“Ume-chan? Are you okay? There’s something I’ve been wanting to tell you,” he draws a deep breath before speaking, droopy eyes unblinking, and crouches down to her eye level.

She knows her mind is made up in that moment. She inches her face towards him, places a finger on his moving lips, and whispers, “I have something to tell you too.”

“Hmm?”

“I want to ask you out on a date,” she says to him. A pause and then, her bold red lips, still slightly smudged from the prior scene, open and close: “Thoughts?”

As she watches his eyes lit up, Ume finally thinks she can grasp that feeling of arrival that Etsuko mentioned, that marvelous feeling of stepping ashore when your feet expects watery depths but instead finds an assuring foothold of solid earth.

***

April

Yuri gets off at the Yushima station when it’s dark. Outside, there are the few usual men drinking scotch and smoking cigarettes on the curb. She drags her luggage down the steps leading to her favorite bar with some effort. One of the men—half-drunk and pretending not to be—sways to his feet with an outstretched hand and yells slowly, “Blind obasan, d-o y-o-u n-e-e-d h-e-l-p?” By then, she is outside the basement entrance, but she would not have dared to answer anyway. She pushes her sunglasses further up her nose bridge before entering.

Her eyes make out the inside with accustomed ease. There are the same few Mesdames surveying the bar like hawks; they must have been beautiful once, with subtle, artful touches to their eyes and lips and cheeks that remind people constantly of that fact. Poaching rich men? she thinks to herself. She cocks her head as Kento appears behind the bar. The Mesdames’s alert faces melt into what might even be a smile when he slides the drinks to them.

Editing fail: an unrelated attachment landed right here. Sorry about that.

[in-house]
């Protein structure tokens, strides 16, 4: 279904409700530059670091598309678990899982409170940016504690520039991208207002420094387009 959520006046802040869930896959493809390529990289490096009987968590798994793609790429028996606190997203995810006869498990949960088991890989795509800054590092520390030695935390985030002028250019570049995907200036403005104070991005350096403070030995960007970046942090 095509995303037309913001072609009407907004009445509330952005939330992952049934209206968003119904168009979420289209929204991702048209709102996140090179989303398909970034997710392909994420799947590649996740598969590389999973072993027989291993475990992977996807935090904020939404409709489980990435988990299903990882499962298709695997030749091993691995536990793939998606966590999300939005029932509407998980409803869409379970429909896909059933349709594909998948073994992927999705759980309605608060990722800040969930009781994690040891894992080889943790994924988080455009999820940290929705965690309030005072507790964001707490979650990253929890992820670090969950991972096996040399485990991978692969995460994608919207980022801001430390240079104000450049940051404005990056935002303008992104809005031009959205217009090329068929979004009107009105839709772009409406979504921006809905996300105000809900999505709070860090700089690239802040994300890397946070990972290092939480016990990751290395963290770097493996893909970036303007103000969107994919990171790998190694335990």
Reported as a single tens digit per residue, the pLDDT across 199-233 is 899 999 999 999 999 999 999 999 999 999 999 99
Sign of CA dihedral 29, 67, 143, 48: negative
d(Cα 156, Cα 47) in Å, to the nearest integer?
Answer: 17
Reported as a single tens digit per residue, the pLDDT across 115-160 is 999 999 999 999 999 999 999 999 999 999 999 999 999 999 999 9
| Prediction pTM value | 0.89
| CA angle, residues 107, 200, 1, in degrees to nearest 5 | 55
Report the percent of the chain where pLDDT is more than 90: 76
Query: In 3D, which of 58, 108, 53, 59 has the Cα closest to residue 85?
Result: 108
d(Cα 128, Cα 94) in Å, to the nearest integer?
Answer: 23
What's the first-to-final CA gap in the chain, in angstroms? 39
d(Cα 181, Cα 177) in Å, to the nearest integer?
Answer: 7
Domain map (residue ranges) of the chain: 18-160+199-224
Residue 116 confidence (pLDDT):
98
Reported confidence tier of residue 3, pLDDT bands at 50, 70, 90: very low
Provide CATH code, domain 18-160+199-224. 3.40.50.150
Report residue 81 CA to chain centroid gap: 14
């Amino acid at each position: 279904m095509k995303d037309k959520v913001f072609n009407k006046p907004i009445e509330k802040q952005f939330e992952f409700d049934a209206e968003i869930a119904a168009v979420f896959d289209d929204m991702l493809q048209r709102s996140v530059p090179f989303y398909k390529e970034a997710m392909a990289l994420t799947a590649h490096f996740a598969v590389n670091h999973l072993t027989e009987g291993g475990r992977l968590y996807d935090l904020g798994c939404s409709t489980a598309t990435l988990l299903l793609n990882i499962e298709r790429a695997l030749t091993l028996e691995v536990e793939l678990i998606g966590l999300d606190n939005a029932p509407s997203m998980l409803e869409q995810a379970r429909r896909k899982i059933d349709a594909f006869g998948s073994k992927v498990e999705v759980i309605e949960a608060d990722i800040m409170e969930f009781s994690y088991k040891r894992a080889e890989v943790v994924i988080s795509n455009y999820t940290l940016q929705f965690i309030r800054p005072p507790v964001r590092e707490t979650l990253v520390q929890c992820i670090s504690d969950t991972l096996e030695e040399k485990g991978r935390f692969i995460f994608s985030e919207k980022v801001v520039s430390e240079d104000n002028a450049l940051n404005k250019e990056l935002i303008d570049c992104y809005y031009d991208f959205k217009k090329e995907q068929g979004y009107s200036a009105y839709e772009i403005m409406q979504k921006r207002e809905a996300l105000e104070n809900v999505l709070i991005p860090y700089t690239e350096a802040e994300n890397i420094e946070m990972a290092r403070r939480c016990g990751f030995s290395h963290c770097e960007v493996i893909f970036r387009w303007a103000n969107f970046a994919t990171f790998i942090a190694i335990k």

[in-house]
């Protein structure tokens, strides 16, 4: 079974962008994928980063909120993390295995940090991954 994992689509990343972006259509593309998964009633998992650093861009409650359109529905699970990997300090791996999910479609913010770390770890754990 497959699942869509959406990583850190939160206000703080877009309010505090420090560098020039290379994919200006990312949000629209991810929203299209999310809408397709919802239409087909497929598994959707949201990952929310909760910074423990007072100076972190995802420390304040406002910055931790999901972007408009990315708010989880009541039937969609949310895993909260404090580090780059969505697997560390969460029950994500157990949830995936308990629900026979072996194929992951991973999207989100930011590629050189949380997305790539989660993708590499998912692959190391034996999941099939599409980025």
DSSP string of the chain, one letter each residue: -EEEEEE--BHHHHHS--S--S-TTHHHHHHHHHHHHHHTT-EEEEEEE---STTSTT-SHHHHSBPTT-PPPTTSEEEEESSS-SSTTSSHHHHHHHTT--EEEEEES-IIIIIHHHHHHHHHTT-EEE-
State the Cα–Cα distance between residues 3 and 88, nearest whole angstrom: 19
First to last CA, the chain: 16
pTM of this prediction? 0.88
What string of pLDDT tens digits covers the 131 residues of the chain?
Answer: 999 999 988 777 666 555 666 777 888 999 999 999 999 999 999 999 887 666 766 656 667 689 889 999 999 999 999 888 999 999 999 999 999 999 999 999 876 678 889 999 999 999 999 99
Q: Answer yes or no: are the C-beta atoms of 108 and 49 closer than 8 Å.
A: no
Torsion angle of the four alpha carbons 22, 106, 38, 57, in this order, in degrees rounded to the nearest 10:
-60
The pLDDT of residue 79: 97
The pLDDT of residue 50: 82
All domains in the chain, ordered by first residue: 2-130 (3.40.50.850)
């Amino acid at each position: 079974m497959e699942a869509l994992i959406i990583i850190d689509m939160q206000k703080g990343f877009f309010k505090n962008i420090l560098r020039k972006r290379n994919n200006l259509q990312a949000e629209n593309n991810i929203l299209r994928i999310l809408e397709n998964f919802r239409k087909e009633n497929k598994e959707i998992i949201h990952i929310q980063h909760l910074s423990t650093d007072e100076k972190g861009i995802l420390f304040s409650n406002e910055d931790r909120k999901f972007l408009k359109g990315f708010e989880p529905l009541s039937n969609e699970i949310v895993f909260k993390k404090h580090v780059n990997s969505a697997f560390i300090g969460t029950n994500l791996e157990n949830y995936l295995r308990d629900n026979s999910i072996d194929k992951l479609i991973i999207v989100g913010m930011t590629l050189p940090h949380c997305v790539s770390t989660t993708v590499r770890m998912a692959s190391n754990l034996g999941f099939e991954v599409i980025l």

She looks away. Beside the Mesdames sits a lone foreigner—male, in his mid-forties, and white. Definitely American, she knows this from his ill-fitting San Diego Zoo t-shirt inside a boxy blazer and the bowl of fries set before his Budweiser. Next to him is a young couple, too busy making out to drink their glinting Golden Daiquiri originals. And in a dim-lit alcove towards the side of the bar, huddles a group of adults—some sort of bonding gathering after work, probably—slurring “Kanpai!” amid bottles of Black and White, ties and glasses askew.

Kento, who she is here to see, wears a white slim fit tuxedo. His black hair, streaked with silver, is slicked back as usual, adding some color to his outfit, alongside a maroon red tie. He is shaking up a drink, as though cupping a heart in his weathered hands, when she pulls to a stop before him.

“Yuri-chan,” Kento says when he sees her, “you haven’t been here in three weeks.”

She can already feel her body trembling. “Oh,” she manages a reply, her voice humbled, “you’ve noticed.”

“And you are wearing sunglasses again. Like you did on the first day you arrived.” He pauses and then adds quietly, “I notice everything about you.”

Before Kento had opened his mouth, she was positively certain that he would have been taken aback by her book. Yet, here he is telling her that he remembers the first day she came to this bar.